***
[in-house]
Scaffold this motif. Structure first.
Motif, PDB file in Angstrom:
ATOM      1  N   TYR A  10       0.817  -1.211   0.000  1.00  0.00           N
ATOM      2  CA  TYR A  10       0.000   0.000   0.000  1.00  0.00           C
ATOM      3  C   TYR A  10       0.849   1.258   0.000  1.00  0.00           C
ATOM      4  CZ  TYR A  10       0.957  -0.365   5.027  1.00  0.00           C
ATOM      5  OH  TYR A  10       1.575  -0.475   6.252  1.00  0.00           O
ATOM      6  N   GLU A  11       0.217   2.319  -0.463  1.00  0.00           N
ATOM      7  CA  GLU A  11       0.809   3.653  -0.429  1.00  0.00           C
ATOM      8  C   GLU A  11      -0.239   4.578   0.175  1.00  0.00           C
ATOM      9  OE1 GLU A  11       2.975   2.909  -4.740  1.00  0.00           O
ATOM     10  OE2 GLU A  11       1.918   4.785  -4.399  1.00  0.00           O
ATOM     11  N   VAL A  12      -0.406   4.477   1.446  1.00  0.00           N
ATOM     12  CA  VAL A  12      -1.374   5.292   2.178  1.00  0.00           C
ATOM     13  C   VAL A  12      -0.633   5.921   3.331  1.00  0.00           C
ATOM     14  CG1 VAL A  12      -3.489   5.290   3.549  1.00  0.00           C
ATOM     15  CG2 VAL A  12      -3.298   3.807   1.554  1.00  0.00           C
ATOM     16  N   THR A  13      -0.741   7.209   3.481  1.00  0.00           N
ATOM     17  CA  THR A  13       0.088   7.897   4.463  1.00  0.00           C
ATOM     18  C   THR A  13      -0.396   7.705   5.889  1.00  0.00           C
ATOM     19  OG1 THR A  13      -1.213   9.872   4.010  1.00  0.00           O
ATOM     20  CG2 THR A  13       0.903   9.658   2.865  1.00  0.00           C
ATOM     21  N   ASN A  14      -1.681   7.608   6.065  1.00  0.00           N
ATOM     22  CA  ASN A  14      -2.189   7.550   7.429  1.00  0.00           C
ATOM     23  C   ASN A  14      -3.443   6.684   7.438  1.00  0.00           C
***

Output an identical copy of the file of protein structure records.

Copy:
[in-house]
Scaffold this motif. Structure first.
Motif, PDB file in Angstrom:
ATOM      1  N   TYR A  10       0.817  -1.211   0.000  1.00  0.00           N
ATOM      2  CA  TYR A  10       0.000   0.000   0.000  1.00  0.00           C
ATOM      3  C   TYR A  10       0.849   1.258   0.000  1.00  0.00           C
ATOM      4  CZ  TYR A  10       0.957  -0.365   5.027  1.00  0.00           C
ATOM      5  OH  TYR A  10       1.575  -0.475   6.252  1.00  0.00           O
ATOM      6  N   GLU A  11       0.217   2.319  -0.463  1.00  0.00           N
ATOM      7  CA  GLU A  11       0.809   3.653  -0.429  1.00  0.00           C
ATOM      8  C   GLU A  11      -0.239   4.578   0.175  1.00  0.00           C
ATOM      9  OE1 GLU A  11       2.975   2.909  -4.740  1.00  0.00           O
ATOM     10  OE2 GLU A  11       1.918   4.785  -4.399  1.00  0.00           O
ATOM     11  N   VAL A  12      -0.406   4.477   1.446  1.00  0.00           N
ATOM     12  CA  VAL A  12      -1.374   5.292   2.178  1.00  0.00           C
ATOM     13  C   VAL A  12      -0.633   5.921   3.331  1.00  0.00           C
ATOM     14  CG1 VAL A  12      -3.489   5.290   3.549  1.00  0.00           C
ATOM     15  CG2 VAL A  12      -3.298   3.807   1.554  1.00  0.00           C
ATOM     16  N   THR A  13      -0.741   7.209   3.481  1.00  0.00           N
ATOM     17  CA  THR A  13       0.088   7.897   4.463  1.00  0.00           C
ATOM     18  C   THR A  13      -0.396   7.705   5.889  1.00  0.00           C
ATOM     19  OG1 THR A  13      -1.213   9.872   4.010  1.00  0.00           O
ATOM     20  CG2 THR A  13       0.903   9.658   2.865  1.00  0.00           C
ATOM     21  N   ASN A  14      -1.681   7.608   6.065  1.00  0.00           N
ATOM     22  CA  ASN A  14      -2.189   7.550   7.429  1.00  0.00           C
ATOM     23  C   ASN A  14      -3.443   6.684   7.438  1.00  0.00           C